Fort Worth, Texas,
19
August
2016
|
06:38 PM
America/Chicago

Let's Learn About Whooping Cough

Pediatrician gives the facts on Pertussis

Cough, cough, cough, cough, cough……….beep, beep, beep.

This was a common sound heard on the inpatient floor this past year as I worked as a hospitalist. Young babies coughing until they couldn’t catch their breath followed by our respiratory monitors alarming for low oxygen saturations and low heart rate. Unfortunately, it was so common I could diagnose the problem from the hallway. If you watch the news often you’ve probably guessed the diagnosis.

Pertussis. Also commonly referred to as whooping cough or, ”the 100 day cough”.

Tarrant County has seen many cases of whooping cough in the past several years:

  • 2013 - 700 cases
  • 2014 - 467 cases
  • 2015 - 308 cases

Recently there was a case in the news media about an infant death from pertussis; unfortunately this happens to between 0.5-1 percent of children under a year who contract this illness.

Pertussis is primarily a respiratory infection caused by the bacteria Bordetella pertussis. It is very contagious! It is a tricky diagnosis to make because the initial 1-2 weeks of infection seem like a cold. Patients have a clear runny nose, sore throat, watery eyes with mild cough and may not even run a fever. These symptoms are usually treated symptomatically at home. When they fail to resolve and become more severe with the characteristic coughing spells they come to medical attention.

To diagnose pertussis a nasal/throat swab (similar to a flu test) has to be obtained. Unfortunately, the diagnosis usually isn’t made until this second phase of illness and treating with antibiotics at this point doesn’t do much to alter the course of the infection. The cough is frequently followed by a “whooping sound” as the patient struggles to catch their breath. Infants don’t tend to make this sound as often as older children. It is common to vomit after these long coughing episodes and this phase of illness lasts for at least a month. A month!

In younger babies (less than 4 months) it is common for them to cough until they are blue and to stop breathing (apnea) and to not be able to maintain adequate hydration or weight gain. Young infants with pertussis frequently require hospitalization. While working as a hospitalist, it was not uncommon for a baby to be in the hospital for a few weeks while we gave them intravenous fluids to keep them hydrated, fed them through a nasal feeding tube and supported them during coughing fits.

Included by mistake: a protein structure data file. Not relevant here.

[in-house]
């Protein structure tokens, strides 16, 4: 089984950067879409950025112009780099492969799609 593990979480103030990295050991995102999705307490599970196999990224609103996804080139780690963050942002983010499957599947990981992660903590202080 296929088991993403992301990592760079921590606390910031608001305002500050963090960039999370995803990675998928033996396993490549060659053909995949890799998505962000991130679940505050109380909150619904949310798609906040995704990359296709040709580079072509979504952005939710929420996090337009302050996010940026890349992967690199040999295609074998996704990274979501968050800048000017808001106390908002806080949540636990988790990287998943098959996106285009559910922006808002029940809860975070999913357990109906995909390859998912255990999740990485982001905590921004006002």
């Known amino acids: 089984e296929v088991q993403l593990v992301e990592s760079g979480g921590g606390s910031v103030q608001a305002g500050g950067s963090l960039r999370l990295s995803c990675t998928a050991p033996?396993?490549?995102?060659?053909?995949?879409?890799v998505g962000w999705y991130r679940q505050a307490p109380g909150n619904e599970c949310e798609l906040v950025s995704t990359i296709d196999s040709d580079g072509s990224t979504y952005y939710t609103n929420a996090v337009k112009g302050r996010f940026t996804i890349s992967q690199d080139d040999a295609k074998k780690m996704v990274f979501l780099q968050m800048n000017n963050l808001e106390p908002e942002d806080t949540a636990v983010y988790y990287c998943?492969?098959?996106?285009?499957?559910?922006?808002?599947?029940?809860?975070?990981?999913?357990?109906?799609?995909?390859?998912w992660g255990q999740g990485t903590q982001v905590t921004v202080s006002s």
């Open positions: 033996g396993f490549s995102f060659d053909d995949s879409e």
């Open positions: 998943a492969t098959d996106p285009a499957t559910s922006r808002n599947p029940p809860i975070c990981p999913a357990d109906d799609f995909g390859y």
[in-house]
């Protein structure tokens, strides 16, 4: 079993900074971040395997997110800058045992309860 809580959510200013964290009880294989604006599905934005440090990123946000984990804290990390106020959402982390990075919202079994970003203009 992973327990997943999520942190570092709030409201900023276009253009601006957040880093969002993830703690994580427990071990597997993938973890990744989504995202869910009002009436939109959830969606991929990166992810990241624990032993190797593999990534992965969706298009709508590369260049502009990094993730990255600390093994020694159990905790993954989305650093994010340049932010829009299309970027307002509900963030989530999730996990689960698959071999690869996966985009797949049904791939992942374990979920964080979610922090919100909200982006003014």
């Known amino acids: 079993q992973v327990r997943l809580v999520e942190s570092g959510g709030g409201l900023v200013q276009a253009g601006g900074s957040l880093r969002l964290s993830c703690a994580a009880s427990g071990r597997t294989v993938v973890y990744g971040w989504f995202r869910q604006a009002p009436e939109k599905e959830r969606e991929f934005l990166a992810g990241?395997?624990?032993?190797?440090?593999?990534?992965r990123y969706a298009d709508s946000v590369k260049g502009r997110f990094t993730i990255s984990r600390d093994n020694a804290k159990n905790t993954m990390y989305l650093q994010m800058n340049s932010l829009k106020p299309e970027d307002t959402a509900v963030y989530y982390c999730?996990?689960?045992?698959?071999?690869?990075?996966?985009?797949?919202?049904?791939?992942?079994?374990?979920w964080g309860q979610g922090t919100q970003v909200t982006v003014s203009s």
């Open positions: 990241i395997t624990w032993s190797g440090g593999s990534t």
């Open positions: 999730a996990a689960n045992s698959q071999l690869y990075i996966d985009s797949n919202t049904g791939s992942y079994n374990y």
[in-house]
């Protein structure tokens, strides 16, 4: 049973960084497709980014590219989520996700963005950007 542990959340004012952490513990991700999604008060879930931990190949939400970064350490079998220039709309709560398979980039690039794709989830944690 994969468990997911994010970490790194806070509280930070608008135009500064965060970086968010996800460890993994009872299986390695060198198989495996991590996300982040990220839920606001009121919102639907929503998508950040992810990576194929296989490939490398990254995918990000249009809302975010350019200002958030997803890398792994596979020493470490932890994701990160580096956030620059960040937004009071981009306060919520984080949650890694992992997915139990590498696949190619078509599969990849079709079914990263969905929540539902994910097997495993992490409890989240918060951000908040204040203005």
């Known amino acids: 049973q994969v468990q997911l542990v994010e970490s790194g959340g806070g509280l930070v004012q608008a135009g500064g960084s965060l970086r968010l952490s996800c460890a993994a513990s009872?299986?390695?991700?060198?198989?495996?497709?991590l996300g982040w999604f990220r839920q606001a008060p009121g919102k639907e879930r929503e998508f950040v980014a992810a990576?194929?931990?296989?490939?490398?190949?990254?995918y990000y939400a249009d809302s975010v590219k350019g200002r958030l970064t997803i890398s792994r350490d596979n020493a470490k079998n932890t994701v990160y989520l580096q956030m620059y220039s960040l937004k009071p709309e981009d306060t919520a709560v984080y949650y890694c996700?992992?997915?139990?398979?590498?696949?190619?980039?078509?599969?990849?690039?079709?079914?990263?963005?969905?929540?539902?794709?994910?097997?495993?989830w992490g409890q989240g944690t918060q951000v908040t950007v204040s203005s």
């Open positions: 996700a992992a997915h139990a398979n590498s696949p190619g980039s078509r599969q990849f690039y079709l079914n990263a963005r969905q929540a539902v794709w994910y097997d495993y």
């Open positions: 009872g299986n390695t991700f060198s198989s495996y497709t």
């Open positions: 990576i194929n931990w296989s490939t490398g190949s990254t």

Unfortunately, this infection can be fatal and frequently babies do require mechanical ventilation (breathing machine) in the intensive care unit. Less commonly, the infection can cause brain swelling (encephalopathy) and cause seizures.

Pertussis is spread through respiratory droplets. Babies, who are at highest risk of severe complications and too young for vaccination, usually catch the infection from an adult who is undiagnosed. Patients are contagious for a long time, up to several weeks. Often, it is an older family member with a cough for several weeks duration. It is devastating to families when they realize they were unknowingly the source of the infection that has caused the baby to be hospitalized.

All pregnant women are now encouraged to receive a pertussis vaccine in the third trimester of their pregnancy along with the other adults that will be living in the home. Having this “cocoon” of protection helps protect vulnerable infants until they are old enough to receive the immunization themselves.

About the author

Dr. Devona Martin joined the Willow Park practice in 2016 after working as a hospitalist atCook Children's Medical Center since 2012. She grew up in East Texas and attended Baylor University. There she was a University Scholar, spent a semester in The Netherlands studying the history of medicine, and graduated with honors. Her medical training was at Texas Tech University Health Sciences Center in Lubbock where she was inducted into the Alpha Omega Alpha honor society. Pediatric residency training was also completed at Texas Tech where she served as chief resident. She is a member of the American Academy of Pediatrics and is a board-certified pediatrician.

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